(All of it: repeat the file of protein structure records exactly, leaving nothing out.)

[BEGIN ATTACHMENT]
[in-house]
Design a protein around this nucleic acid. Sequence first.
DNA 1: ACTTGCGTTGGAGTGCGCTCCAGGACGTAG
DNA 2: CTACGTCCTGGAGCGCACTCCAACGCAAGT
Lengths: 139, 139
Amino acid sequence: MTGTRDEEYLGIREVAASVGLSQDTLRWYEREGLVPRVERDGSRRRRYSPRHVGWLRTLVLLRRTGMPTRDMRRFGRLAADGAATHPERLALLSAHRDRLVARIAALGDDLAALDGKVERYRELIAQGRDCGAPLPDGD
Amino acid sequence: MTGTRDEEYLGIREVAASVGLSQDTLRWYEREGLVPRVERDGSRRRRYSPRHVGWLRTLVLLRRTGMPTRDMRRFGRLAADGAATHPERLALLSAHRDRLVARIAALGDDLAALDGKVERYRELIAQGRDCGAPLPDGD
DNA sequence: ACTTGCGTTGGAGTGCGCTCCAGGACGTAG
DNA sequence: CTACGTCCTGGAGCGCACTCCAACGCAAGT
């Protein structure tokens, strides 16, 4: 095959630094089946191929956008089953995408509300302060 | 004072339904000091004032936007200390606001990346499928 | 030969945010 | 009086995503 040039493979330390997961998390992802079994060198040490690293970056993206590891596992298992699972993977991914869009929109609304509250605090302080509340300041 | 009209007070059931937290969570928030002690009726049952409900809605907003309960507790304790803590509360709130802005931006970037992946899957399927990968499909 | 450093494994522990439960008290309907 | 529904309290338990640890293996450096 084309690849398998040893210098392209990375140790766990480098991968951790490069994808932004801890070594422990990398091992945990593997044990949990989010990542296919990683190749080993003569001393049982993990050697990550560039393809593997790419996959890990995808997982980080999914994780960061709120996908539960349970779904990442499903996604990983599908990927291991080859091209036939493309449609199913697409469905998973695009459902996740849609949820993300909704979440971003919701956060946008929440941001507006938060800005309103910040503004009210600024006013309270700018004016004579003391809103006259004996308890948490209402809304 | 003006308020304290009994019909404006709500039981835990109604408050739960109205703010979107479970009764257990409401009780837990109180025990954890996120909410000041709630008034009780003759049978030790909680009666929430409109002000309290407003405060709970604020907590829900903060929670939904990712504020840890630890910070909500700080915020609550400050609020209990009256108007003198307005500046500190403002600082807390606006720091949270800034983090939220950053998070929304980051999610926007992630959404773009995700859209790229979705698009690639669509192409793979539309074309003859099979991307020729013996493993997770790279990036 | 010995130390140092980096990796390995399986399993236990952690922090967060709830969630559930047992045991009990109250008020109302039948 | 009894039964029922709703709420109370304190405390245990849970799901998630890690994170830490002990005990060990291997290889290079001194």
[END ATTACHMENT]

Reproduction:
[in-house]
Design a protein around this nucleic acid. Sequence first.
DNA 1: ACTTGCGTTGGAGTGCGCTCCAGGACGTAG
DNA 2: CTACGTCCTGGAGCGCACTCCAACGCAAGT
Lengths: 139, 139
Amino acid sequence: MTGTRDEEYLGIREVAASVGLSQDTLRWYEREGLVPRVERDGSRRRRYSPRHVGWLRTLVLLRRTGMPTRDMRRFGRLAADGAATHPERLALLSAHRDRLVARIAALGDDLAALDGKVERYRELIAQGRDCGAPLPDGD
Amino acid sequence: MTGTRDEEYLGIREVAASVGLSQDTLRWYEREGLVPRVERDGSRRRRYSPRHVGWLRTLVLLRRTGMPTRDMRRFGRLAADGAATHPERLALLSAHRDRLVARIAALGDDLAALDGKVERYRELIAQGRDCGAPLPDGD
DNA sequence: ACTTGCGTTGGAGTGCGCTCCAGGACGTAG
DNA sequence: CTACGTCCTGGAGCGCACTCCAACGCAAGT
């Protein structure tokens, strides 16, 4: 095959630094089946191929956008089953995408509300302060 | 004072339904000091004032936007200390606001990346499928 | 030969945010 | 009086995503 040039493979330390997961998390992802079994060198040490690293970056993206590891596992298992699972993977991914869009929109609304509250605090302080509340300041 | 009209007070059931937290969570928030002690009726049952409900809605907003309960507790304790803590509360709130802005931006970037992946899957399927990968499909 | 450093494994522990439960008290309907 | 529904309290338990640890293996450096 084309690849398998040893210098392209990375140790766990480098991968951790490069994808932004801890070594422990990398091992945990593997044990949990989010990542296919990683190749080993003569001393049982993990050697990550560039393809593997790419996959890990995808997982980080999914994780960061709120996908539960349970779904990442499903996604990983599908990927291991080859091209036939493309449609199913697409469905998973695009459902996740849609949820993300909704979440971003919701956060946008929440941001507006938060800005309103910040503004009210600024006013309270700018004016004579003391809103006259004996308890948490209402809304 | 003006308020304290009994019909404006709500039981835990109604408050739960109205703010979107479970009764257990409401009780837990109180025990954890996120909410000041709630008034009780003759049978030790909680009666929430409109002000309290407003405060709970604020907590829900903060929670939904990712504020840890630890910070909500700080915020609550400050609020209990009256108007003198307005500046500190403002600082807390606006720091949270800034983090939220950053998070929304980051999610926007992630959404773009995700859209790229979705698009690639669509192409793979539309074309003859099979991307020729013996493993997770790279990036 | 010995130390140092980096990796390995399986399993236990952690922090967060709830969630559930047992045991009990109250008020109302039948 | 009894039964029922709703709420109370304190405390245990849970799901998630890690994170830490002990005990060990291997290889290079001194």